Book bans spread in schools nationwide–but censorship not a threat at Cordova High

Inside the Cordova High School Library. Photo by Kay Stout, Cordova High School.

Inside the Cordova High School Library. Photo by Kay Stout, Cordova High School.

Kay Stout, Cordova High School

The large majority of book bans in schools today are not spontaneous but reflect the work of advocacy organizations that have made the censorship of certain books and ideas more frequent than ever before, according to PEN America, a non-profit organization advocating for free expression.

“Book bans in public schools have recurred throughout American history . . . But, while long present, the scope of such censorship has expanded drastically and in unprecedented fashion since the beginning of the 2021–22 school year,” PEN said in a Sept. 19, 2022 report titled, “Banned in the USA: The Growing Movement to Censor Books in Schools.” 

The report detailed data from Pen America’s Index of School Book Bans, which from July 2021 to June 2022 lists 2,532 instances of books being banned, affecting 1,648 unique book titles. The report said PEN America had identified more than 50 organizations that advocated for school book bans across the country.

The level of banning activity varied from state to state in the period covered, the report said. States like Texas and Florida had the most, while California and others had zero.

Courtesy of PEN America.

Additional data from the report shows that most of the books that end up being banned deal with subjects related to race, sexual activity, and sexual orientation.

In recent news, book bans have been splattered all over the headlines. 

“I think because we’ve become a little bit more contentious in society, people are more willing to stand up and argue things that maybe they wouldn’t have done in the past,” said a Cordova High English teacher who asked not to be identified because of the controversy surrounding the banning of books.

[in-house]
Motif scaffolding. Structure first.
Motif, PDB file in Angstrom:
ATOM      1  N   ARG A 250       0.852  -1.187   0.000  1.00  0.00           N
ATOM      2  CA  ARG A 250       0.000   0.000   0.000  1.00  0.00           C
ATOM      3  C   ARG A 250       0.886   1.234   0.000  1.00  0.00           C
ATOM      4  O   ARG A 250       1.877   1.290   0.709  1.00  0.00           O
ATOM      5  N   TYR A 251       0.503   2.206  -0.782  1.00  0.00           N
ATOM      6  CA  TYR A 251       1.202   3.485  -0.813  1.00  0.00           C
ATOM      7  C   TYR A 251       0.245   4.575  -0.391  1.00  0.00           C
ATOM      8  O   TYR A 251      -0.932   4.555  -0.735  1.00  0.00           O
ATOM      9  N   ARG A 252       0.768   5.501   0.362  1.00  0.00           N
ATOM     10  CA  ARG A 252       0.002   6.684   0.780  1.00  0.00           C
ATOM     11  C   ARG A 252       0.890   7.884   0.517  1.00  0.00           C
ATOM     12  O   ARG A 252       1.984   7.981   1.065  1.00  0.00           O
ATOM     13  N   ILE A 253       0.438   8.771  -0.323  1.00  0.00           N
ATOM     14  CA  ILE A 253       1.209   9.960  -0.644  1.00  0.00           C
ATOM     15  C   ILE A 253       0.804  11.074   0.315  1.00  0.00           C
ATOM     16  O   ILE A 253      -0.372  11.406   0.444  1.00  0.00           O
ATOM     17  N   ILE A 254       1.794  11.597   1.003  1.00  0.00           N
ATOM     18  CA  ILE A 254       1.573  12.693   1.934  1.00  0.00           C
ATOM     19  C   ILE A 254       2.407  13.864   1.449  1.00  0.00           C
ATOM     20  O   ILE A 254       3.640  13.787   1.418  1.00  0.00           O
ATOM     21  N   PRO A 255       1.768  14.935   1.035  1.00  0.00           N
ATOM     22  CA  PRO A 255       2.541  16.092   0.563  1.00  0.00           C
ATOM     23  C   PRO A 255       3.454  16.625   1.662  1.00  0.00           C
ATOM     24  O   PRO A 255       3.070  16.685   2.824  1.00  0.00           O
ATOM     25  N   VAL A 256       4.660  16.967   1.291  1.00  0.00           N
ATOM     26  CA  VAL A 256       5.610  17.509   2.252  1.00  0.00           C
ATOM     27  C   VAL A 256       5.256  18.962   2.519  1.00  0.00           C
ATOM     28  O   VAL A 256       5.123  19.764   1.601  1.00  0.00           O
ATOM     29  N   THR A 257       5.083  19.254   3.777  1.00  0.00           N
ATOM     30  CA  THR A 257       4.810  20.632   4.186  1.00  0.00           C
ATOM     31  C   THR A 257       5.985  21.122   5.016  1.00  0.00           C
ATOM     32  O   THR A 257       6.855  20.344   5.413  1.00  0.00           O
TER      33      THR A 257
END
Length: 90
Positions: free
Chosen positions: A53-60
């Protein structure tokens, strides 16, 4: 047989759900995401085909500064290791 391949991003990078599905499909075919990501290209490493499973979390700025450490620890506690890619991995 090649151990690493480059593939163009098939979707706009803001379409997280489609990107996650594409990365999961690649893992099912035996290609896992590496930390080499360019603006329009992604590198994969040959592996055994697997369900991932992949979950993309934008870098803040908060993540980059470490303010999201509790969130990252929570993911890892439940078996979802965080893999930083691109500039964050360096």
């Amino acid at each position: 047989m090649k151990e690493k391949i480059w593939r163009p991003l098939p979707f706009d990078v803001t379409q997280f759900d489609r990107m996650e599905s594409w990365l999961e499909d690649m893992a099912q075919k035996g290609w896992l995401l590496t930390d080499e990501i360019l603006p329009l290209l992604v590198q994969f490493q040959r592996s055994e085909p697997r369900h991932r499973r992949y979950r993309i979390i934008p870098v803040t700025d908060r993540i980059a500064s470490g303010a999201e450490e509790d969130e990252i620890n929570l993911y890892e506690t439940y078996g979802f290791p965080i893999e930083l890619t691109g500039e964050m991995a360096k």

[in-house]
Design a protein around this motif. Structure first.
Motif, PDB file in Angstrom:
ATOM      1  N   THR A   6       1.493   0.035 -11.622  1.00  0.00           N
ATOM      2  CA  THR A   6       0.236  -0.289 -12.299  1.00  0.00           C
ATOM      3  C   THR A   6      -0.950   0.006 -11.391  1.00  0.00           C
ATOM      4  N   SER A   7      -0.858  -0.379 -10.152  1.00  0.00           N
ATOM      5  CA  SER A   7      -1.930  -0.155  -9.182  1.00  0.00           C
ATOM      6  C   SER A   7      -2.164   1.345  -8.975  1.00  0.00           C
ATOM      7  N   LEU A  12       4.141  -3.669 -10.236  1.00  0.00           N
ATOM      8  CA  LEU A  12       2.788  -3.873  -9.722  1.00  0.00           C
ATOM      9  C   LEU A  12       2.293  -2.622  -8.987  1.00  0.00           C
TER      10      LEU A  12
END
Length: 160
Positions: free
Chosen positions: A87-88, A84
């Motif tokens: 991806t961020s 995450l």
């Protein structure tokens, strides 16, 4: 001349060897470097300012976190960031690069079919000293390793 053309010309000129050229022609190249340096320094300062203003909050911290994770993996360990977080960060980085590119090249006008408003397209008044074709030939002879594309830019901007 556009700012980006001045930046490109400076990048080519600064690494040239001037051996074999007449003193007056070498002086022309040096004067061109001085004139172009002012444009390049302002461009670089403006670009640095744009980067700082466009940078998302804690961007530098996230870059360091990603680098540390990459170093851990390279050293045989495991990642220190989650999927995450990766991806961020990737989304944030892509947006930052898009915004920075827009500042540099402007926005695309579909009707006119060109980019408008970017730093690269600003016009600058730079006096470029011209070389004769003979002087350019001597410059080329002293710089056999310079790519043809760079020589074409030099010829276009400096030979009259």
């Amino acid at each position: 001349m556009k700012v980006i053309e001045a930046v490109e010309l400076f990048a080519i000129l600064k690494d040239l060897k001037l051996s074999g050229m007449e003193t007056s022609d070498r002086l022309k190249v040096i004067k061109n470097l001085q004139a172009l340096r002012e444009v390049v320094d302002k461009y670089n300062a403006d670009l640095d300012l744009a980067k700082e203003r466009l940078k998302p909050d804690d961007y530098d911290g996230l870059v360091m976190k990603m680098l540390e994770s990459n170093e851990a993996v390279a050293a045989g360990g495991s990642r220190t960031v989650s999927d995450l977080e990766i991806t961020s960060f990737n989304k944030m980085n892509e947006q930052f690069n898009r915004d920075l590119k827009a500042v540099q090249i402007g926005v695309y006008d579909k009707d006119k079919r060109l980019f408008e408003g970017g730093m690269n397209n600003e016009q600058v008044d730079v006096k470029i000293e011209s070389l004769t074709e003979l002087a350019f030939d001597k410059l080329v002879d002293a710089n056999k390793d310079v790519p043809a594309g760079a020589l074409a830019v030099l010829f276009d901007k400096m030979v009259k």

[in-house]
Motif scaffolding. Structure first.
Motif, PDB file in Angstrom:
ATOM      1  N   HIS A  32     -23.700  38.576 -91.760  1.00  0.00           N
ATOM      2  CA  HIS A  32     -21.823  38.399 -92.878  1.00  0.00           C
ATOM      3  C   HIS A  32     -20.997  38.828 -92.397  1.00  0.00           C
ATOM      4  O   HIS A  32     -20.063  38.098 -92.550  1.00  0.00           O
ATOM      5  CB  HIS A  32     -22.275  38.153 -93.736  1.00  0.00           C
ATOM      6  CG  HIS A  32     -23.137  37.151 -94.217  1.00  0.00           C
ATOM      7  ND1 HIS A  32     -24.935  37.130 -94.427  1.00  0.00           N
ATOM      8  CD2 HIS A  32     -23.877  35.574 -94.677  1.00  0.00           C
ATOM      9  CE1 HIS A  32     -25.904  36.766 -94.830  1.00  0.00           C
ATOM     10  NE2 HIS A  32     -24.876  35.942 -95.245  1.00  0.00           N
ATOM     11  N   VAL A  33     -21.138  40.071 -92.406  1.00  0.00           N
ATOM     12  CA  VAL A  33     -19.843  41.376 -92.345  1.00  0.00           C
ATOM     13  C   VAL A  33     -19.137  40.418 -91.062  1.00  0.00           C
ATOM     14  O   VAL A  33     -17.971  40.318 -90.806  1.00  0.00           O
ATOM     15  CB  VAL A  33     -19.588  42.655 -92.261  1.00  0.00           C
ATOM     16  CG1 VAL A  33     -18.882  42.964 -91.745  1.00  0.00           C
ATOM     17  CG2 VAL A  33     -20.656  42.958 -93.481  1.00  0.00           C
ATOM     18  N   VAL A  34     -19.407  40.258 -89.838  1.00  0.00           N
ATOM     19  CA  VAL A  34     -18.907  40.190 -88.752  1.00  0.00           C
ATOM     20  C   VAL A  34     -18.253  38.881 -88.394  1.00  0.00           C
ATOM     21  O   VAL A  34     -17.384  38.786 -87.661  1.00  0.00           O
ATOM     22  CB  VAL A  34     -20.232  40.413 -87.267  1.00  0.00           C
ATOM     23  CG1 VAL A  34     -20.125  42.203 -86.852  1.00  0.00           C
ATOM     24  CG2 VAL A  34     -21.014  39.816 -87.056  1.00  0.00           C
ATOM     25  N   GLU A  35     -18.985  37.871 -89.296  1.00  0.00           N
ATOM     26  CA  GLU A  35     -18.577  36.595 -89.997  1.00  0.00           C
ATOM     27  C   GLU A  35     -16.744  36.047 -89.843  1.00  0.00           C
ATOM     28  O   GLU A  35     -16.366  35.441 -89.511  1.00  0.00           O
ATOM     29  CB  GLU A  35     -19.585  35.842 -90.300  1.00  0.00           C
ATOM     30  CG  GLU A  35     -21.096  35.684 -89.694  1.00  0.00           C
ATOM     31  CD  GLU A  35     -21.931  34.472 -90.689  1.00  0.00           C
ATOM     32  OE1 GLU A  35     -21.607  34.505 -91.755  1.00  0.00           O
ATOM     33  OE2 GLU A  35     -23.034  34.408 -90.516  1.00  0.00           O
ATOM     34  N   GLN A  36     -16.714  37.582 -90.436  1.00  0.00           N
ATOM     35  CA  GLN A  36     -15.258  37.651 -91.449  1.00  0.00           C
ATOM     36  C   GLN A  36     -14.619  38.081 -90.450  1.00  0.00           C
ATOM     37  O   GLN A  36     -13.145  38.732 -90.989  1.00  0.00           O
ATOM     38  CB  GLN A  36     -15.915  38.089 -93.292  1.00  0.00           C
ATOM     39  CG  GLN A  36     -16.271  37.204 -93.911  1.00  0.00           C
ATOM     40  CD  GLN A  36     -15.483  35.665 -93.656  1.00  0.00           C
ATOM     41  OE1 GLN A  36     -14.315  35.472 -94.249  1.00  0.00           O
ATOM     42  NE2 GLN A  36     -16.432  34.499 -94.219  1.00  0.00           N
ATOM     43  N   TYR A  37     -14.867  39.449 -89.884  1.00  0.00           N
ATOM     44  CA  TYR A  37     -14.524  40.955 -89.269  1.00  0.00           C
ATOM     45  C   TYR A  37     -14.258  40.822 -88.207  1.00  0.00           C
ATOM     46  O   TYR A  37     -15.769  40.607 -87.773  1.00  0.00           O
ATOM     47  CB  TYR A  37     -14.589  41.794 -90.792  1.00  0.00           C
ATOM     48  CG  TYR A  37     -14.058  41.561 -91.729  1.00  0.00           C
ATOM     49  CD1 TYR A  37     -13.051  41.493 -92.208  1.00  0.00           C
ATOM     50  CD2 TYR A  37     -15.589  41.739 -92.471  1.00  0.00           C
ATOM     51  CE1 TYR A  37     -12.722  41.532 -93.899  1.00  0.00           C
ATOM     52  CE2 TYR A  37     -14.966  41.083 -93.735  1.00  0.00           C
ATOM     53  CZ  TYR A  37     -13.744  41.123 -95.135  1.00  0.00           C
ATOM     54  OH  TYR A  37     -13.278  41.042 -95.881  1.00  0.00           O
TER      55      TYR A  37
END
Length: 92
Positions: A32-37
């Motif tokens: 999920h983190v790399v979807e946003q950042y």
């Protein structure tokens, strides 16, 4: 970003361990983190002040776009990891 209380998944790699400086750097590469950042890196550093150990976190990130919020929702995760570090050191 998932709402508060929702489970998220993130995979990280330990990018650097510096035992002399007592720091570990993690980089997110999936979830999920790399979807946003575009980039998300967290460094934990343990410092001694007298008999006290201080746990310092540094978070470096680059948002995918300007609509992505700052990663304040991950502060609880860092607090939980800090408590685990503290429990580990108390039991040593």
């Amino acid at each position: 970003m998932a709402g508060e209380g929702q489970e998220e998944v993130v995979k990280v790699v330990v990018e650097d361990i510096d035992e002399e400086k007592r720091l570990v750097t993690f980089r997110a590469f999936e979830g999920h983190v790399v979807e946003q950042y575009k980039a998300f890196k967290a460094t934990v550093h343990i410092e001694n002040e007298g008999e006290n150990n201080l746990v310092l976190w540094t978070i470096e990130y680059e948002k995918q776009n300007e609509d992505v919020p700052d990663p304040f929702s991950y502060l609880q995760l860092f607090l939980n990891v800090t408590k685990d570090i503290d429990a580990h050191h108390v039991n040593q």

At Cordova High School though, book bans seem to be less of a problem than in the Midwest.  English teachers at CHS teach some books that have been banned elsewhere, like “Of Mice and Men,” by John Steinbeck, and “Black Boy,” by Richard Wright.

CHS librarian Laura Sims said, “Kids just check out what they want to check out, or they just don’t check (a book out).  I’m not going to tell someone they can’t read a book.  I just feel like what’s age appropriate, like that’s my goal.”

Often parents are the ones concerned over the different works students read in schools.

“I think that our staff and community works with the parents, or tries to work with the parents, to make it so that everybody’s comfortable with the learning materials,” said the English teacher.

She said banned books can help the people who choose to read them.

“I think a lot of the books that do get banned are books that offer differing perspectives on other people’s lives and the experiences that other people have.  So having access to those banned books, I think, is an enriching experience for people who get to see how other people might live their lives.  They have the opportunity to get out of their own little box and not just see their own view of the world, but have that opportunity to see how other people view the world too,” said the English teacher.

Most students interviewed at Cordova High said they weren’t aware of books bans happening on a national level, though they were concerned as to how it would affect Cordova High School.

I haven’t heard about it until now,” said sophomore Jailia Vang.

While PEN America reported no book bans in California from July 2021 to June 2022, there were instances in the state prior to that time period. For example, the Burbank Unified School District in 2020 removed five books from its curriculum after four parents challenged them based on their depiction of Blacks. (

The titles included “To Kill a Mockingbird,” by Harper Lee; “Adventures of Huckleberry Finn,” by Mark Twain; “The Cay,” by Theodore Taylor; “Of Mice and Men,” by John Steinbeck; and “Roll of Thunder, Hear My Cry,” by Mildred D. Taylor.